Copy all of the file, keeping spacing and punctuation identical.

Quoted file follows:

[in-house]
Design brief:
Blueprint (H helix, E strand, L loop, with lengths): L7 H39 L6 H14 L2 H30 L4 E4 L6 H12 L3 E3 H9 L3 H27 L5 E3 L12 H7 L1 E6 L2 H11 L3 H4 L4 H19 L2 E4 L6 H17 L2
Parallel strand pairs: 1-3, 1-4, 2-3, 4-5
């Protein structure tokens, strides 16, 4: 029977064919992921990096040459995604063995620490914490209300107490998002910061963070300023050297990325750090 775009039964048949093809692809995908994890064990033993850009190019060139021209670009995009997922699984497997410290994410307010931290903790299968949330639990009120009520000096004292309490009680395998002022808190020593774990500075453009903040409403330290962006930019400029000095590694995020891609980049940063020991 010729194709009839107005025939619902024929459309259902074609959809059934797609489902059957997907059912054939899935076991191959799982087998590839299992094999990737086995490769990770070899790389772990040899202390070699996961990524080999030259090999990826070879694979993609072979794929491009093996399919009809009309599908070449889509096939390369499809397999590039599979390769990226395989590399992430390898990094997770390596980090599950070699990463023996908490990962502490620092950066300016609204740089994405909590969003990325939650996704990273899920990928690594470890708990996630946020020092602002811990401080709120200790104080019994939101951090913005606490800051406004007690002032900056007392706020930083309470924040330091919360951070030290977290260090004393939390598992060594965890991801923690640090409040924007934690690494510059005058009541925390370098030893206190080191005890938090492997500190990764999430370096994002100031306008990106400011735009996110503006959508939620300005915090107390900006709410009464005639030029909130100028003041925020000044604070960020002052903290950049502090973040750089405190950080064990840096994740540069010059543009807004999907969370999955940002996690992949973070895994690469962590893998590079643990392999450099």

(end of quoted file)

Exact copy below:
[in-house]
Design brief:
Blueprint (H helix, E strand, L loop, with lengths): L7 H39 L6 H14 L2 H30 L4 E4 L6 H12 L3 E3 H9 L3 H27 L5 E3 L12 H7 L1 E6 L2 H11 L3 H4 L4 H19 L2 E4 L6 H17 L2
Parallel strand pairs: 1-3, 1-4, 2-3, 4-5
């Protein structure tokens, strides 16, 4: 029977064919992921990096040459995604063995620490914490209300107490998002910061963070300023050297990325750090 775009039964048949093809692809995908994890064990033993850009190019060139021209670009995009997922699984497997410290994410307010931290903790299968949330639990009120009520000096004292309490009680395998002022808190020593774990500075453009903040409403330290962006930019400029000095590694995020891609980049940063020991 010729194709009839107005025939619902024929459309259902074609959809059934797609489902059957997907059912054939899935076991191959799982087998590839299992094999990737086995490769990770070899790389772990040899202390070699996961990524080999030259090999990826070879694979993609072979794929491009093996399919009809009309599908070449889509096939390369499809397999590039599979390769990226395989590399992430390898990094997770390596980090599950070699990463023996908490990962502490620092950066300016609204740089994405909590969003990325939650996704990273899920990928690594470890708990996630946020020092602002811990401080709120200790104080019994939101951090913005606490800051406004007690002032900056007392706020930083309470924040330091919360951070030290977290260090004393939390598992060594965890991801923690640090409040924007934690690494510059005058009541925390370098030893206190080191005890938090492997500190990764999430370096994002100031306008990106400011735009996110503006959508939620300005915090107390900006709410009464005639030029909130100028003041925020000044604070960020002052903290950049502090973040750089405190950080064990840096994740540069010059543009807004999907969370999955940002996690992949973070895994690469962590893998590079643990392999450099």